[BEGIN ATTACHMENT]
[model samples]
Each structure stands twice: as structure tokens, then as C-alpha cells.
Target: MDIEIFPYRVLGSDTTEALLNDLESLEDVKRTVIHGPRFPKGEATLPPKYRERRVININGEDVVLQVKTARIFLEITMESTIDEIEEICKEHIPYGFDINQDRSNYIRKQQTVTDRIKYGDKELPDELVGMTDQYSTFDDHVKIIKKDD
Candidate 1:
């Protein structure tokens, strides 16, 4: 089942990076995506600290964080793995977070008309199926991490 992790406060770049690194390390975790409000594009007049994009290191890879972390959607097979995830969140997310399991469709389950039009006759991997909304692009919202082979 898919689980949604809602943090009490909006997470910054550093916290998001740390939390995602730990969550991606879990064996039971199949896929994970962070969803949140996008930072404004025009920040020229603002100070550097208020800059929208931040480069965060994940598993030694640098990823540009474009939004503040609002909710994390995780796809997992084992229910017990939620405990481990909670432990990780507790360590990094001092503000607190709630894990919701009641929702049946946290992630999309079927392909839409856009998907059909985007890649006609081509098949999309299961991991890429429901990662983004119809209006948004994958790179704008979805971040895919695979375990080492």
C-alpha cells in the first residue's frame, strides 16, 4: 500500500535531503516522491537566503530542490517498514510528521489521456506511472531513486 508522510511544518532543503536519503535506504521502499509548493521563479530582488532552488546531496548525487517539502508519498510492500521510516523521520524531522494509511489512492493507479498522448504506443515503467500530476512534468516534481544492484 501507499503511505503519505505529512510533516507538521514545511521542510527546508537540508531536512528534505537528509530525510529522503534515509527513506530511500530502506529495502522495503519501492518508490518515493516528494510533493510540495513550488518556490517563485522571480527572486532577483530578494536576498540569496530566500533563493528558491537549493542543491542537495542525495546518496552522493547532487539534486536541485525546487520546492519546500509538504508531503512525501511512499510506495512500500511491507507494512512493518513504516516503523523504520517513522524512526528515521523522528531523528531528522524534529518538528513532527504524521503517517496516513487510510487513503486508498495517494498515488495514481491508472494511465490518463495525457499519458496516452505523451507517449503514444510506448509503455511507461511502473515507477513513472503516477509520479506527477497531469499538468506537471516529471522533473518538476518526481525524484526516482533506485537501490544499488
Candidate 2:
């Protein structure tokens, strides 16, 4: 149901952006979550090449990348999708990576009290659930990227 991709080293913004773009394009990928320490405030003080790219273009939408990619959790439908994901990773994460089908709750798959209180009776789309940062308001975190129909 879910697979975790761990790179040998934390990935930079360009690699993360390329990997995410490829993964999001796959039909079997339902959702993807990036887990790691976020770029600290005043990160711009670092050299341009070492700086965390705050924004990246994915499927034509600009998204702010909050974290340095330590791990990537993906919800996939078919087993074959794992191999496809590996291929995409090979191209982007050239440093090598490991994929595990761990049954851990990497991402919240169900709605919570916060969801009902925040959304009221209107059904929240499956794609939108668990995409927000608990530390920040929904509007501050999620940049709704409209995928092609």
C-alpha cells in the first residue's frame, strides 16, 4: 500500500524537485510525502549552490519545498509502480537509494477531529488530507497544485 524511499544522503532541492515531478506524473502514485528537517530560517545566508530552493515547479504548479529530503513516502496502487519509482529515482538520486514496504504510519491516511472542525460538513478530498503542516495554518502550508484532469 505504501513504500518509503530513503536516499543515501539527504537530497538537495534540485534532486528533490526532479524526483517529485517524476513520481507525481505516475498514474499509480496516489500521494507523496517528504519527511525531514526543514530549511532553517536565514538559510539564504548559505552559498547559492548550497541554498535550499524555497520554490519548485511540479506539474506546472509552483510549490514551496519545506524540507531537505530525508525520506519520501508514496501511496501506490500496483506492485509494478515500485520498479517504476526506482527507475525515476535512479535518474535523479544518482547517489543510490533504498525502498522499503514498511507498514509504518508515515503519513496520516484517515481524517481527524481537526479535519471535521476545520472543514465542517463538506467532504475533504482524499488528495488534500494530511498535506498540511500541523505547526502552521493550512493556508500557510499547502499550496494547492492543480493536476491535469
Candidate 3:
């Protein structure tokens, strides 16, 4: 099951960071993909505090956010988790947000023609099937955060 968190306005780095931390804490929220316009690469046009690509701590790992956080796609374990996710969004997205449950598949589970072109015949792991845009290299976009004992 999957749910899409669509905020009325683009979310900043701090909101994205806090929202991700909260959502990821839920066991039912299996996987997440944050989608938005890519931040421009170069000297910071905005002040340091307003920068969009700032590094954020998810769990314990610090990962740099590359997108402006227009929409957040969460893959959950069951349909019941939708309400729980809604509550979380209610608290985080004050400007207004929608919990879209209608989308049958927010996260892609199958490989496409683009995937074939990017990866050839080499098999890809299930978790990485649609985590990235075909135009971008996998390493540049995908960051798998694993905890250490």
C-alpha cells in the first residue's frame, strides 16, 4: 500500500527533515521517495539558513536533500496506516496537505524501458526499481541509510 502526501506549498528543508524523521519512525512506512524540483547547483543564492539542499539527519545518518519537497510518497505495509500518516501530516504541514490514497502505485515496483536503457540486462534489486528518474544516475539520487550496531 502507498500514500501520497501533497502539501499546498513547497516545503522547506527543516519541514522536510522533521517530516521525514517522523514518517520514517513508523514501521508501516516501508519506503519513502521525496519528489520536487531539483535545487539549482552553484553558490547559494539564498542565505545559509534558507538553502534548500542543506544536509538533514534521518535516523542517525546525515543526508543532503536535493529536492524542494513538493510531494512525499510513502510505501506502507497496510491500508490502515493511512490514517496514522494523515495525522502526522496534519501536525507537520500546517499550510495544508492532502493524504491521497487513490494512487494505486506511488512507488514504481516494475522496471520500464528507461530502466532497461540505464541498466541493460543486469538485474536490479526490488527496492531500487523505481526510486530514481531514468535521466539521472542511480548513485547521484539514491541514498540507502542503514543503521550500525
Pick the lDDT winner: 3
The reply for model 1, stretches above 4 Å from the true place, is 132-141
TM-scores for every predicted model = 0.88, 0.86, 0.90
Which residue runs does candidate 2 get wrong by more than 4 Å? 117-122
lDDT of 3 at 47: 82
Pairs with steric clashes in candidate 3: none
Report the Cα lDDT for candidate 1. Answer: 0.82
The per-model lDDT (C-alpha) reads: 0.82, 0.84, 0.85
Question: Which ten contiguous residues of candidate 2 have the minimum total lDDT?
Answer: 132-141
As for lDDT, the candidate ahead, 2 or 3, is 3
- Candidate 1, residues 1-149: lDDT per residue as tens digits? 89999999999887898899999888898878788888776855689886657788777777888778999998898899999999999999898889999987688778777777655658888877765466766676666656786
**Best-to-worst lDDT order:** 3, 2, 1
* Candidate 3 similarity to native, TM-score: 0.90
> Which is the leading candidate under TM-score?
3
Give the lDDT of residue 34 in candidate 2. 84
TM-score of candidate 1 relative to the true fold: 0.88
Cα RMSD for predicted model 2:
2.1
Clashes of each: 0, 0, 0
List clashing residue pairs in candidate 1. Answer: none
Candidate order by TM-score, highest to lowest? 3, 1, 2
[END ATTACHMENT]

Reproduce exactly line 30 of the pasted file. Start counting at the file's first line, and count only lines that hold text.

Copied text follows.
TM-score of candidate 1 relative to the true fold: 0.88